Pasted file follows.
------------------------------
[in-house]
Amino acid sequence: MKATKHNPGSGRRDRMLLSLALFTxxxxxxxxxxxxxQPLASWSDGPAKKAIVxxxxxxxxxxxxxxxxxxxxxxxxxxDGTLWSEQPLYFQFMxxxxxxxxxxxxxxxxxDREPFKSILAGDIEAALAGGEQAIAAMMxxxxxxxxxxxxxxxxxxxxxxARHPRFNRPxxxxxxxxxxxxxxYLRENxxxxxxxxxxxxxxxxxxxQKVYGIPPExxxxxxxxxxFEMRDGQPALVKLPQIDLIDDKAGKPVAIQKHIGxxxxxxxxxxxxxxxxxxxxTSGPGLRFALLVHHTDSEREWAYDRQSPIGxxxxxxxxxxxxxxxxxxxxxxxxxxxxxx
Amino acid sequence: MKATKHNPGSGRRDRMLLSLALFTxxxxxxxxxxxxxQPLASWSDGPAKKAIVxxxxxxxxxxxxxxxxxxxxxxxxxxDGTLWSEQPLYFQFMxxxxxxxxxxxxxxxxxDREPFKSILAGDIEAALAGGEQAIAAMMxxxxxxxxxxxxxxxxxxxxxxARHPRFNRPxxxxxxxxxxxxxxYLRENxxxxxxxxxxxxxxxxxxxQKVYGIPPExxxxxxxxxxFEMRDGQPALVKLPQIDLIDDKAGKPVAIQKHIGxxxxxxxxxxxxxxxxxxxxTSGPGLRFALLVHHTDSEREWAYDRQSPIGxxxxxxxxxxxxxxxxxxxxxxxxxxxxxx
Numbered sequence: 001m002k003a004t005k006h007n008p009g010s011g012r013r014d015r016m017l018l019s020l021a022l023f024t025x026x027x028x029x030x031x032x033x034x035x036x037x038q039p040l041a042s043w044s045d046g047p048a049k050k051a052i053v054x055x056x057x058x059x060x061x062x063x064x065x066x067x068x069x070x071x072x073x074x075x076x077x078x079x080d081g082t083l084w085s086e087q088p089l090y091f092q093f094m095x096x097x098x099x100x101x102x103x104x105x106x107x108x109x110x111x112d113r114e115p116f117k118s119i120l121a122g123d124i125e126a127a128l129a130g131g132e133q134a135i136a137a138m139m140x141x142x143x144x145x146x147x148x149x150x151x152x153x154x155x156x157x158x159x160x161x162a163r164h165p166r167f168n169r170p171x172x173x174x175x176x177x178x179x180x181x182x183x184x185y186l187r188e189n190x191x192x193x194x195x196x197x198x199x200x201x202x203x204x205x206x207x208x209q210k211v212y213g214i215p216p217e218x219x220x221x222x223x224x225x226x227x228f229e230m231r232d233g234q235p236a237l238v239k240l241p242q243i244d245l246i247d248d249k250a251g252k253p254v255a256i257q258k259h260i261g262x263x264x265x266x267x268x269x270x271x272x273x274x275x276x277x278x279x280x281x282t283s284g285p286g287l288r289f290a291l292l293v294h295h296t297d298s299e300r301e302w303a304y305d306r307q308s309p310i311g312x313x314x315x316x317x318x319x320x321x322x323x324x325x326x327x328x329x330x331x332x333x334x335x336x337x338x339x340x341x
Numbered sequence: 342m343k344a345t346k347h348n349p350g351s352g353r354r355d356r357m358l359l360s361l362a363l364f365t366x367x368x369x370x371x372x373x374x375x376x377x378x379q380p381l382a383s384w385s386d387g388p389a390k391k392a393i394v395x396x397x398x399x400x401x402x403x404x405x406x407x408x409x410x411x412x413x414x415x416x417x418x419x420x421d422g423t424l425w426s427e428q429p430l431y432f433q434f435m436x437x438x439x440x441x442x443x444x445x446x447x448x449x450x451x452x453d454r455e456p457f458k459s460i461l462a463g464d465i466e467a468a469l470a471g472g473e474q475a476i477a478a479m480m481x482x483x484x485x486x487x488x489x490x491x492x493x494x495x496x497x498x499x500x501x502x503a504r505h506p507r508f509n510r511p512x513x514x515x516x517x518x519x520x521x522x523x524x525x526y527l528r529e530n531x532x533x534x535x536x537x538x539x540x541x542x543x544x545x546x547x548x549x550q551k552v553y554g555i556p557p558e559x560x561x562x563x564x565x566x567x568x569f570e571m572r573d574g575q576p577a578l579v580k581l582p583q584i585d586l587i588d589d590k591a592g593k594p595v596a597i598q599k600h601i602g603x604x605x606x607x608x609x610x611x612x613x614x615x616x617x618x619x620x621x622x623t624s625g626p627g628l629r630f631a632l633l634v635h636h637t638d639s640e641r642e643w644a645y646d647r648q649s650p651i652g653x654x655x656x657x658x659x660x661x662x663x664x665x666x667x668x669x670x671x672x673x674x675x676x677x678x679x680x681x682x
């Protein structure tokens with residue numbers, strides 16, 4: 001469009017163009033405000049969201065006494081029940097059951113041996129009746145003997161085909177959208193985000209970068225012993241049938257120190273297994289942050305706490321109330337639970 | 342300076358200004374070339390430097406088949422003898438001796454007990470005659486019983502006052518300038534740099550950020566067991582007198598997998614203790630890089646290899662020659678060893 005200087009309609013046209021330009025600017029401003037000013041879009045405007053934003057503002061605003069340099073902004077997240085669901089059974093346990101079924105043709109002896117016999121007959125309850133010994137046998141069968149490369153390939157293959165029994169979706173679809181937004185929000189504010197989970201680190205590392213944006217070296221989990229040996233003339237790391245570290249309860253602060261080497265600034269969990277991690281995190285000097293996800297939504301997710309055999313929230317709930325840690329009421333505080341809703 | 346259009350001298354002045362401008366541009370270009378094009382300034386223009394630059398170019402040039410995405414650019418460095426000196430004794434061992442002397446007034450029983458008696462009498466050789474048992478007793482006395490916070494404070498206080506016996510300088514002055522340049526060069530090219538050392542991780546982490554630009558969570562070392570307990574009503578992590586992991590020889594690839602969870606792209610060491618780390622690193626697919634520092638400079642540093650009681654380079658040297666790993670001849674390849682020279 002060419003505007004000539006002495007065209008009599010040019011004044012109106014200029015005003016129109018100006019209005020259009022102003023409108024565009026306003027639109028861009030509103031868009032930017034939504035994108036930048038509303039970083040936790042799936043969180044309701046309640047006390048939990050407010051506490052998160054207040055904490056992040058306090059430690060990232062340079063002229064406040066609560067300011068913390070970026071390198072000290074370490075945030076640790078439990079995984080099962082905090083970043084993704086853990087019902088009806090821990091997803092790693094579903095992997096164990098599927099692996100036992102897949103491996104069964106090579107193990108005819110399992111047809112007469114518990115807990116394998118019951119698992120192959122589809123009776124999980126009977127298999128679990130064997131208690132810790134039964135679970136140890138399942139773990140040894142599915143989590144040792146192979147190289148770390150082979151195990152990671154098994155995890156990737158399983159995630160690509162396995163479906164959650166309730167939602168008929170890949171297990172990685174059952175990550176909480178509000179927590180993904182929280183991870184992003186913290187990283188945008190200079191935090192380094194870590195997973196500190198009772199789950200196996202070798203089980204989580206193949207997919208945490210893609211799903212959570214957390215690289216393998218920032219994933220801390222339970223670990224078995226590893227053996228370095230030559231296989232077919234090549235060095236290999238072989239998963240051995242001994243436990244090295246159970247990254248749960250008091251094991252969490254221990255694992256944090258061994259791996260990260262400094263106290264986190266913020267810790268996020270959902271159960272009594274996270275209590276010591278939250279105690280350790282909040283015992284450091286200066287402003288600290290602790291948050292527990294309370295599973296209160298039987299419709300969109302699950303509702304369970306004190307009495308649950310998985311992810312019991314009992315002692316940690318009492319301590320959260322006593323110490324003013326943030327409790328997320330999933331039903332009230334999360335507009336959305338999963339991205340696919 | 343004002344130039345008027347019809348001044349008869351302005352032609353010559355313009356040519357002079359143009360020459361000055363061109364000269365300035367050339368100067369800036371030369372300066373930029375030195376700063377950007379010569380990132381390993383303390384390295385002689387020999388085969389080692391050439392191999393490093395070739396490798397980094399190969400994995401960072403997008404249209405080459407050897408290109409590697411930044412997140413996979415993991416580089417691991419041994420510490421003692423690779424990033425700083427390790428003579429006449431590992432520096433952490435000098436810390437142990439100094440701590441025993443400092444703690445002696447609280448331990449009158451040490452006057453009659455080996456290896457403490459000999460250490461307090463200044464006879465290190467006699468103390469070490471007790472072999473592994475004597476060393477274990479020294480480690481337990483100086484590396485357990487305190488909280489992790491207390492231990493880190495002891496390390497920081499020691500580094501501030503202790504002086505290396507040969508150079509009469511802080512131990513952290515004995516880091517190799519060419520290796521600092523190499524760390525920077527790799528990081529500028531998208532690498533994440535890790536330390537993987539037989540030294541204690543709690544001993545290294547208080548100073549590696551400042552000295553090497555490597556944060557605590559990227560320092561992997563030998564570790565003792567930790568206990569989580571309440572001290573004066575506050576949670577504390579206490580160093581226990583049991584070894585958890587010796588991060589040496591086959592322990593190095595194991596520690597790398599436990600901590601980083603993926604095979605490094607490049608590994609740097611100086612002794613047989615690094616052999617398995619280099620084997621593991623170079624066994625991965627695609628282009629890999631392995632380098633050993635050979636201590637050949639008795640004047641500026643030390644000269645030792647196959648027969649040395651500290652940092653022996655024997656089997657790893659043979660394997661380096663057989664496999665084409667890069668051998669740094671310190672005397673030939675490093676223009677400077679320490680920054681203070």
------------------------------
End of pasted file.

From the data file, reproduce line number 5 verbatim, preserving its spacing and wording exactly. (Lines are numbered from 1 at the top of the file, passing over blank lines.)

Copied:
Numbered sequence: 342m343k344a345t346k347h348n349p350g351s352g353r354r355d356r357m358l359l360s361l362a363l364f365t366x367x368x369x370x371x372x373x374x375x376x377x378x379q380p381l382a383s384w385s386d387g388p389a390k391k392a393i394v395x396x397x398x399x400x401x402x403x404x405x406x407x408x409x410x411x412x413x414x415x416x417x418x419x420x421d422g423t424l425w426s427e428q429p430l431y432f433q434f435m436x437x438x439x440x441x442x443x444x445x446x447x448x449x450x451x452x453d454r455e456p457f458k459s460i461l462a463g464d465i466e467a468a469l470a471g472g473e474q475a476i477a478a479m480m481x482x483x484x485x486x487x488x489x490x491x492x493x494x495x496x497x498x499x500x501x502x503a504r505h506p507r508f509n510r511p512x513x514x515x516x517x518x519x520x521x522x523x524x525x526y527l528r529e530n531x532x533x534x535x536x537x538x539x540x541x542x543x544x545x546x547x548x549x550q551k552v553y554g555i556p557p558e559x560x561x562x563x564x565x566x567x568x569f570e571m572r573d574g575q576p577a578l579v580k581l582p583q584i585d586l587i588d589d590k591a592g593k594p595v596a597i598q599k600h601i602g603x604x605x606x607x608x609x610x611x612x613x614x615x616x617x618x619x620x621x622x623t624s625g626p627g628l629r630f631a632l633l634v635h636h637t638d639s640e641r642e643w644a645y646d647r648q649s650p651i652g653x654x655x656x657x658x659x660x661x662x663x664x665x666x667x668x669x670x671x672x673x674x675x676x677x678x679x680x681x682x